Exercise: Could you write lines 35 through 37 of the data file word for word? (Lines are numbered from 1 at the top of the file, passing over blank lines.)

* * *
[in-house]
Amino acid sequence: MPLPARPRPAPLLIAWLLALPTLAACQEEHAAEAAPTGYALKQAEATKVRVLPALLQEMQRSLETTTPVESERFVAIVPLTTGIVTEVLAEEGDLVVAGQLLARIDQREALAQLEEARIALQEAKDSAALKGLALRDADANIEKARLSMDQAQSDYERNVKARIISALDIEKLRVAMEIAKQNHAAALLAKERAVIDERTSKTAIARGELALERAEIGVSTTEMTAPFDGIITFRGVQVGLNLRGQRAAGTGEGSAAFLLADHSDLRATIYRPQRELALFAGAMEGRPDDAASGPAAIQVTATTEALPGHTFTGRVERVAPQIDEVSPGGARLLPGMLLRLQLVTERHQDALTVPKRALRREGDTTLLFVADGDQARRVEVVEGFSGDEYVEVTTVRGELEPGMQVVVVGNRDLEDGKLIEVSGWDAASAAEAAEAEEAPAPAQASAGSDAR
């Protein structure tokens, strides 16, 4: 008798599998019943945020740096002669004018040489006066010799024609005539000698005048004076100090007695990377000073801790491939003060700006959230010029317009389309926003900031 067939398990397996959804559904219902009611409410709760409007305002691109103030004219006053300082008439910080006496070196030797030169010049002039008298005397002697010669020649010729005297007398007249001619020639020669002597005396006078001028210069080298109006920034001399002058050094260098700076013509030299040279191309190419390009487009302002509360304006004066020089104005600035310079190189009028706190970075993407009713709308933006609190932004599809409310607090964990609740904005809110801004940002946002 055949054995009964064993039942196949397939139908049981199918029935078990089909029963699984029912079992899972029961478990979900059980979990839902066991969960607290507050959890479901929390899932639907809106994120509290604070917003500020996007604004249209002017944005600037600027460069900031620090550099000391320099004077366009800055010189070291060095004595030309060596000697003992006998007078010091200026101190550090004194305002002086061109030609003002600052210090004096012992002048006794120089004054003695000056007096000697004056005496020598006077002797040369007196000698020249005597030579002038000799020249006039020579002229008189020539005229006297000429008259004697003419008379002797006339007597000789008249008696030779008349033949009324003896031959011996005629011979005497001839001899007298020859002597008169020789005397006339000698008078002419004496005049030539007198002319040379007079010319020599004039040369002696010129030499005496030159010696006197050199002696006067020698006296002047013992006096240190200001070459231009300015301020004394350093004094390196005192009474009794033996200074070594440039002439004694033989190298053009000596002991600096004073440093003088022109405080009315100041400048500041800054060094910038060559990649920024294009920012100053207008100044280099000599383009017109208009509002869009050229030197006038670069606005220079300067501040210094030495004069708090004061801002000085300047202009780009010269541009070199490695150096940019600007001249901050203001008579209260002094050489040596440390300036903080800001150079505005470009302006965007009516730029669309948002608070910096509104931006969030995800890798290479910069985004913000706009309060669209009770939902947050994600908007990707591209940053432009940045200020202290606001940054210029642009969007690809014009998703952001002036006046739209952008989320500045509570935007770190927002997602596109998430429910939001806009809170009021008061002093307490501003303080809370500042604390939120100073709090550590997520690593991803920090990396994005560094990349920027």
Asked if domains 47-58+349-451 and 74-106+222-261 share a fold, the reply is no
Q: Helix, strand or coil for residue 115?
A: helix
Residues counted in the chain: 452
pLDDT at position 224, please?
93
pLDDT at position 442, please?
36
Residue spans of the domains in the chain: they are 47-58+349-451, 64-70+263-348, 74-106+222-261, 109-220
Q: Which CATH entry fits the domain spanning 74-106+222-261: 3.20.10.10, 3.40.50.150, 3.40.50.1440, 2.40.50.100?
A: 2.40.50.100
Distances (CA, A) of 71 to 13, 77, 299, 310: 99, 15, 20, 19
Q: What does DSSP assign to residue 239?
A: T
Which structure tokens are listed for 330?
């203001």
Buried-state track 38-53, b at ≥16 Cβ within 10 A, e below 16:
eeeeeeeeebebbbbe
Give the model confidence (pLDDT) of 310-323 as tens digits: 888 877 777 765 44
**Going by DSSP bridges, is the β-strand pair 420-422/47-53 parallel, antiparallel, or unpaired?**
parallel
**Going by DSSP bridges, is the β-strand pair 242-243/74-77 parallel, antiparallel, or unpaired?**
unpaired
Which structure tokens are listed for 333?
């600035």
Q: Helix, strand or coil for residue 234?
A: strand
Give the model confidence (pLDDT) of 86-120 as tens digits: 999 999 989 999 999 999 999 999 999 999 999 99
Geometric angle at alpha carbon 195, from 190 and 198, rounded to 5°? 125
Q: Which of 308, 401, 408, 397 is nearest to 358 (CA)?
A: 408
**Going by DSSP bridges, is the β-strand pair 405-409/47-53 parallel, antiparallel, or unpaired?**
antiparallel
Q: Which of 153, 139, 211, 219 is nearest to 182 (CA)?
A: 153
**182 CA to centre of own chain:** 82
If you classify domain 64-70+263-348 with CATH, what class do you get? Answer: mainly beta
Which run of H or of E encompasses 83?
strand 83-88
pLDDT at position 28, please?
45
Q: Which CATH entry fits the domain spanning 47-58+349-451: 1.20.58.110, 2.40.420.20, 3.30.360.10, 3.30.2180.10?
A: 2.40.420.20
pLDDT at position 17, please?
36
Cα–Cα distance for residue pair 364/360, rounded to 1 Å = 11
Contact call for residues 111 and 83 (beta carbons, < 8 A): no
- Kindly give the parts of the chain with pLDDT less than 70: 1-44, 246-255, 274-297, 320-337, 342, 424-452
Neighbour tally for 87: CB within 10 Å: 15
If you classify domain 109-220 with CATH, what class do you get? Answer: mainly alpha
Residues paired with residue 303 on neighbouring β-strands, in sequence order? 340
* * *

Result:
**Going by DSSP bridges, is the β-strand pair 405-409/47-53 parallel, antiparallel, or unpaired?**
antiparallel
Q: Which of 153, 139, 211, 219 is nearest to 182 (CA)?